As far as locating the links, that was pretty simple once I knew where to look; after that, my reading speed was a great advantage and allowed me to zero in on the quarry within minutes. The addition of Bill Staines' music is a reflection of how I feel about the world of civil engineering in general, and it's worth recalling that I worked for a large engineering firm as a computer sysadmin through the 1990s. During that tenure I was fortunate to commute through the work-site that was bringing one of our designs to fruition, and I was a key enabler in that by virtue of keeping the computers running smoothly.
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Re: Bridges...

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crfriend wrote:
Mon Nov 25, 2019 1:34 am
A new bridge, the longest of its type in the world, is getting set to open on the Emerald Isle, and in proper fashion it is being well celebrated. Some detail, albeit in Discovery Channel-style hyperbole is available on YouTube. Beyond that, some absolutely exquisite imagery also exists that counts entirely as art. Blessed be the bridge-builders.
Carl - both of those links are to the same destination!

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Re: Bridges...

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Kirbstone wrote:
Mon Nov 25, 2019 10:08 pm
......... The BAM firm building it is Dutch anyway. .......
I preferred not to boast about that fact.
https://www.bam.com/en

A Dutch company has to be in very good standing before they deserve the title "Royal."

The Italians should have given the contract to a Dutch company. They know how to fight water and weather. Now Venice is still sinking thanks to the corruption and incompetence of the hired contractors.
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Re: Bridges...

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FranTastic444 wrote:
Mon Nov 25, 2019 11:15 pm
Carl - both of those links are to the same destination!
Aw, Hell! How did I screw that up?

It's fixed. The "art" one has been (hopefully) corrected. The guy who shot the thing must have quite the impressive drone and one heck of a high-res camera for payload. There are several of his videos on the construction project up there.

I also need to fix the HTML-generator to open links in a new tab (which I had to do in phpBB 3.0.14)... It's always some damned thing!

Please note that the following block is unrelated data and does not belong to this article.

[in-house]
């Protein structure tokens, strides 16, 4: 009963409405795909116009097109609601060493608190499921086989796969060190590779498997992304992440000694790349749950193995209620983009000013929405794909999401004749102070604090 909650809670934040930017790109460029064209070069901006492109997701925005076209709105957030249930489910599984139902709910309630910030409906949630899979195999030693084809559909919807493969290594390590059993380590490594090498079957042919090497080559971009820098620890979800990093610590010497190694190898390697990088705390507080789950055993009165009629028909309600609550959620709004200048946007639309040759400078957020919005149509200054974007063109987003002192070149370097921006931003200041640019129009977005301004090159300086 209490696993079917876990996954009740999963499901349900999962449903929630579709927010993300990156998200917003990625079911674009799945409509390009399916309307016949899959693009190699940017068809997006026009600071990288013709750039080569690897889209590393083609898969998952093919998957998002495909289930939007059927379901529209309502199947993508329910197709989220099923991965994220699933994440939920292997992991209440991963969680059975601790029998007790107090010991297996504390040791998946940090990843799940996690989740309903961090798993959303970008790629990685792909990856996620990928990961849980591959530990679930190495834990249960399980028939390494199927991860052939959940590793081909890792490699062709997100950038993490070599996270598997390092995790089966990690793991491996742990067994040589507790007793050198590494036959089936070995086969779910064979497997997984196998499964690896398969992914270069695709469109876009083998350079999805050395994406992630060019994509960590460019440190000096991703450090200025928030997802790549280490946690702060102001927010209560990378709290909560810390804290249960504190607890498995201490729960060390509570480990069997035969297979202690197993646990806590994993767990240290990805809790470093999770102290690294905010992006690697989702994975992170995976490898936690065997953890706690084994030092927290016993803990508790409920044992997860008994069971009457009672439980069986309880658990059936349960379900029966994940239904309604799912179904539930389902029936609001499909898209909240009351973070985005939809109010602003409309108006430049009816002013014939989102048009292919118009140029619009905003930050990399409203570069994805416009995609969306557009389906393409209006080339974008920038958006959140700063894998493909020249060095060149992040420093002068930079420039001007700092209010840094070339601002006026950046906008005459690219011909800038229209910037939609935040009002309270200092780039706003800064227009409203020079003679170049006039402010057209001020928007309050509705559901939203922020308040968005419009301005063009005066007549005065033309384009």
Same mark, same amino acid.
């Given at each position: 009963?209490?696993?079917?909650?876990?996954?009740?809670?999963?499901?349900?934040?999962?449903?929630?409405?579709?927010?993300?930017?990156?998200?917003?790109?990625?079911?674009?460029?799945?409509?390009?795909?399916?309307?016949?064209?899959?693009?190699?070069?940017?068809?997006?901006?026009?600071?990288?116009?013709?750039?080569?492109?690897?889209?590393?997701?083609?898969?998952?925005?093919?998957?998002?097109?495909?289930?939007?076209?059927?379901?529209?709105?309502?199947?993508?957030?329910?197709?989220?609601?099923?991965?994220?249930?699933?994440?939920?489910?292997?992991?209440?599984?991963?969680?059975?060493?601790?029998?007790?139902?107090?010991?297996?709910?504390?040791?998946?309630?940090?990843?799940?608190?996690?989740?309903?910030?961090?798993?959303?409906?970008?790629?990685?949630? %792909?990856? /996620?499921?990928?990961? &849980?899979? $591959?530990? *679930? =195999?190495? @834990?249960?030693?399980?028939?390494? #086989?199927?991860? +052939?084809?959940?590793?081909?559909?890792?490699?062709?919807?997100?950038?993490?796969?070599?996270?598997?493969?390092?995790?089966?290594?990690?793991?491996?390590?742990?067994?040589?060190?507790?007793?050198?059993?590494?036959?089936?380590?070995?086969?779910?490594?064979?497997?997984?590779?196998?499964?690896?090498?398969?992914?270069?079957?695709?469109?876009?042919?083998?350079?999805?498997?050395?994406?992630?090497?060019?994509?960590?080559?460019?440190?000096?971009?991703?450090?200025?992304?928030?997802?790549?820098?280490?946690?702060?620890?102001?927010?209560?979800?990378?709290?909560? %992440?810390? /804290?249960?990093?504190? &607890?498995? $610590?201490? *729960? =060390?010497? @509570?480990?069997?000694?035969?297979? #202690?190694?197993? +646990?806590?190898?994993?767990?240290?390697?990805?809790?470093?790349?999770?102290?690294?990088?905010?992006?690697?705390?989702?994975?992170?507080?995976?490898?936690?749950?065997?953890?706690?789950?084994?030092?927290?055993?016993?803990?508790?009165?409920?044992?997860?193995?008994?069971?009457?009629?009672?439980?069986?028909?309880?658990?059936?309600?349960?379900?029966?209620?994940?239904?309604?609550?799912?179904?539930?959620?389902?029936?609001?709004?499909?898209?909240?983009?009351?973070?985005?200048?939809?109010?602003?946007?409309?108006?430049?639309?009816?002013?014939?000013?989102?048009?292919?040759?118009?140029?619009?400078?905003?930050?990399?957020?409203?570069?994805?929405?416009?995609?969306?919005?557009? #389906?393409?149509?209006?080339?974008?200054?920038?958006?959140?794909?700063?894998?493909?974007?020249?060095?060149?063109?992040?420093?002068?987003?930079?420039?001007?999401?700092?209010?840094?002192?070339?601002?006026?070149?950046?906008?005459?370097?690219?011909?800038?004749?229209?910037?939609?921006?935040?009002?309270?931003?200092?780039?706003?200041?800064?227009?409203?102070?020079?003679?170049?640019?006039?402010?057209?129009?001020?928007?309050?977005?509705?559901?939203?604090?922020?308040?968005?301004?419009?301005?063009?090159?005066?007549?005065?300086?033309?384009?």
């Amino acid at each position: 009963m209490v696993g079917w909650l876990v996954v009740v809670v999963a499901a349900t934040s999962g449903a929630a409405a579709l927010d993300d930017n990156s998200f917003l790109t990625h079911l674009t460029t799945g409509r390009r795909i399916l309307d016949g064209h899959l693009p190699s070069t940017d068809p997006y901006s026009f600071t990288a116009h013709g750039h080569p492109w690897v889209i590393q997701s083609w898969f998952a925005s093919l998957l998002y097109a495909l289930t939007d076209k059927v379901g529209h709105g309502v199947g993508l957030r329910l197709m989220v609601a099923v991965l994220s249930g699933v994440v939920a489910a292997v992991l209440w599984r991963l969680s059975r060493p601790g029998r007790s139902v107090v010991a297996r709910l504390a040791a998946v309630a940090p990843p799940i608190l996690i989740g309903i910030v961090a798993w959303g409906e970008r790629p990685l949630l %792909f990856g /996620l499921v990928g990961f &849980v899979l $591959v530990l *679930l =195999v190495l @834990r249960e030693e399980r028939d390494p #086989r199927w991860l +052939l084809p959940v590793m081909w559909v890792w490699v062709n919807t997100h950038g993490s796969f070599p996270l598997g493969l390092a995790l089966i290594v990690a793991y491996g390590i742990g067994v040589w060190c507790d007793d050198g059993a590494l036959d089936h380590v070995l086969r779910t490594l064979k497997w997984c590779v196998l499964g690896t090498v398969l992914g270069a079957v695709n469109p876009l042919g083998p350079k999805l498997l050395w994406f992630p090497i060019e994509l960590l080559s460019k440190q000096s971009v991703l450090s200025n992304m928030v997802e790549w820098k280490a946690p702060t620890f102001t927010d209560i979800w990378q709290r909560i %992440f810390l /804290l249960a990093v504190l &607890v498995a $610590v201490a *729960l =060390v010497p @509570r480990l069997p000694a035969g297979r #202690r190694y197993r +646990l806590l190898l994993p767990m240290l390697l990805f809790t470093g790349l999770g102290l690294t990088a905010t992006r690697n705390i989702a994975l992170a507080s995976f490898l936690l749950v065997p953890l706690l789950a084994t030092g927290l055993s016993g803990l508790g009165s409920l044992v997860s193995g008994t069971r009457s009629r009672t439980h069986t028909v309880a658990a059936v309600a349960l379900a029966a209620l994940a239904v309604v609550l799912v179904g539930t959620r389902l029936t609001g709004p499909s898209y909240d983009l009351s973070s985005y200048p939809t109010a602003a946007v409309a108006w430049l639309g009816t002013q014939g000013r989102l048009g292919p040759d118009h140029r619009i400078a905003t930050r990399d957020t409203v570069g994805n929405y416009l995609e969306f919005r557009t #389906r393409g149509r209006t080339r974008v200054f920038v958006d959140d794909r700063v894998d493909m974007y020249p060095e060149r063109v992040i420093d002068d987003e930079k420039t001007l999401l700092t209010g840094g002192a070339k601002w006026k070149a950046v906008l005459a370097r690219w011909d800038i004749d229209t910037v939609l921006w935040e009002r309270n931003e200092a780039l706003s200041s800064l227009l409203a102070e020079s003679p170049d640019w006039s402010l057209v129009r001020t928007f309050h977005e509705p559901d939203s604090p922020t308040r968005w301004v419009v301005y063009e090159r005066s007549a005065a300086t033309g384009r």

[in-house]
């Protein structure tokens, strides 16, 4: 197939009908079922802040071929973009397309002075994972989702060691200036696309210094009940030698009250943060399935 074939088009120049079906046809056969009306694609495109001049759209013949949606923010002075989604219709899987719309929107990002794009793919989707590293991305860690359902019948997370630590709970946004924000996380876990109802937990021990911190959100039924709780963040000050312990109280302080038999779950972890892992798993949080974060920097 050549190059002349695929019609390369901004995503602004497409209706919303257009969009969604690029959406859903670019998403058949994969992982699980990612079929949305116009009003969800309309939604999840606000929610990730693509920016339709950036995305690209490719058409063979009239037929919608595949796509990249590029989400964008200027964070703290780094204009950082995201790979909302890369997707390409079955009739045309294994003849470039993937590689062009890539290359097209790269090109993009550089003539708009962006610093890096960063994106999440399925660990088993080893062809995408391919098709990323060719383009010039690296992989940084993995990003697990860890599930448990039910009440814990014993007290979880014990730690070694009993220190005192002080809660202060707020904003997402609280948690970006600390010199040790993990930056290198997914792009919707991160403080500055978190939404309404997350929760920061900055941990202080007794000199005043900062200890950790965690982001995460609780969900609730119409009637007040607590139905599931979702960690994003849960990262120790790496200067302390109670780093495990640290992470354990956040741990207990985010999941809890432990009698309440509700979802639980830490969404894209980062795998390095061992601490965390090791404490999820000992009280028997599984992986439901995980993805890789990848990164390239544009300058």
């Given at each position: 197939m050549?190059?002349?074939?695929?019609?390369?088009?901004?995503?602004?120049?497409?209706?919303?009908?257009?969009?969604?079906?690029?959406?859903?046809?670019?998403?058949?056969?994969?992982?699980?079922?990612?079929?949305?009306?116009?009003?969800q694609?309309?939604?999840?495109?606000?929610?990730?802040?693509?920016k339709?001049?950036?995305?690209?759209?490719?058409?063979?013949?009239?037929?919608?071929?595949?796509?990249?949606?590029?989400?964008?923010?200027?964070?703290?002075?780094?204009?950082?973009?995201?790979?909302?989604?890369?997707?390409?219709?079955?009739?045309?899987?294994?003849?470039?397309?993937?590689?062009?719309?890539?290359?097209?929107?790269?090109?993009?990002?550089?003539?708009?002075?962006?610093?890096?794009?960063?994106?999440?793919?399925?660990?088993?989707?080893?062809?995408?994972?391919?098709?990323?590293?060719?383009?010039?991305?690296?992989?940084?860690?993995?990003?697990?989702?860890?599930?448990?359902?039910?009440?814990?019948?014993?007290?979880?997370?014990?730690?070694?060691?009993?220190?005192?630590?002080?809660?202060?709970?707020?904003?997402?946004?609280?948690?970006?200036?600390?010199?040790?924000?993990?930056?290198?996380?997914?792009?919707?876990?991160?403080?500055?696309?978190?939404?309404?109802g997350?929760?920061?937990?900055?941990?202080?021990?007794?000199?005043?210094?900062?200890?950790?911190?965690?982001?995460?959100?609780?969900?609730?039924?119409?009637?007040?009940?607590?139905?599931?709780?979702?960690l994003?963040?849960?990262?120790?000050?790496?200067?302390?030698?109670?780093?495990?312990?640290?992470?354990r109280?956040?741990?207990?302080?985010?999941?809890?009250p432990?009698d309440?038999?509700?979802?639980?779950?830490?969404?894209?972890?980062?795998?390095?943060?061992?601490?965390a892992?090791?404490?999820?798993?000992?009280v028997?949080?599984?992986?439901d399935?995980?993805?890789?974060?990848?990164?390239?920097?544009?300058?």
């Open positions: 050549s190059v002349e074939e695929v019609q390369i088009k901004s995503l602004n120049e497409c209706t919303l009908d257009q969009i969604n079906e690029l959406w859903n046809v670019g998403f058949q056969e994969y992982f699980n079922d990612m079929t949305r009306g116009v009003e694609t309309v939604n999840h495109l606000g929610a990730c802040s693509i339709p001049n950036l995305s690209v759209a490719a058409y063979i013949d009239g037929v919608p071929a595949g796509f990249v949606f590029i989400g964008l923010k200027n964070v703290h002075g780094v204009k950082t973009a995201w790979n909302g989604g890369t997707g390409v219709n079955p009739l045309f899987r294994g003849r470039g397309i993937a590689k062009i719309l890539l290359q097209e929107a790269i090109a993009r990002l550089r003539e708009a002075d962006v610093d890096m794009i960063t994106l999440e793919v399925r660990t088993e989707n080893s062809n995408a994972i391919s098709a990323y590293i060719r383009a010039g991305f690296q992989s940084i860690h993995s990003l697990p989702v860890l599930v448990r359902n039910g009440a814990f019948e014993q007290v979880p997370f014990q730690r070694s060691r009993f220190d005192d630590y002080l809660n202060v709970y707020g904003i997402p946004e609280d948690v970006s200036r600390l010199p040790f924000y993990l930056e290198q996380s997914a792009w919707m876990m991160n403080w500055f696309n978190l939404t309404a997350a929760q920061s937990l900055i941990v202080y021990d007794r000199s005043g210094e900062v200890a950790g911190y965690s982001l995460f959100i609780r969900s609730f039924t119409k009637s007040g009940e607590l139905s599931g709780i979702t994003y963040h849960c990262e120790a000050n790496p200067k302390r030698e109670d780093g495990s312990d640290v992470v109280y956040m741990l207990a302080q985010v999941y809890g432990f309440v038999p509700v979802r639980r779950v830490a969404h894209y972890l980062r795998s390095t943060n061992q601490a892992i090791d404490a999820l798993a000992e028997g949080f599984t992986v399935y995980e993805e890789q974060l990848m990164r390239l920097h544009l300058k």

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Re: Bridges...

Post by FranTastic444 »

When I worked in civil engineering and construction, my claim to fame was that I helped with the setting out for a section of the "retaining wall" around Winson Green prison.

Here is a link to the Google view of the site. I moved on to another project before the old wall was pulled down, but when they came to that part of the project they were expecting to come across lots of human bones. When inmates were hanged at the prison, they were buried at the foot of the old wall in an unmarked grave.

Over the last few months I've enjoyed watching the clearing of a site next to our office (an old concrete multistory car park) and the insertion of very deep slurry walls to act as the foundations for what will be the second tallest building in downtown Boston. This video gives an idea of what was going in (it is the same company - East Coast Slurry). To give you some idea of how deep the foundations run, you will be able to see the red crane in the video lifting a re-bar cage into position. For the build site next to us, they were inserting two of these cages on top of each other (near the full height of the red crane) into each trench. I guessed at this being 150 feet down, but my boss (who smokes with some of the construction workers when she is in town) was told that some of them are nearer 200 feet deep. Apparently this method of construction is well suited to the geology of the Boston area.

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Re: Bridges...

Post by Fred in Skirts »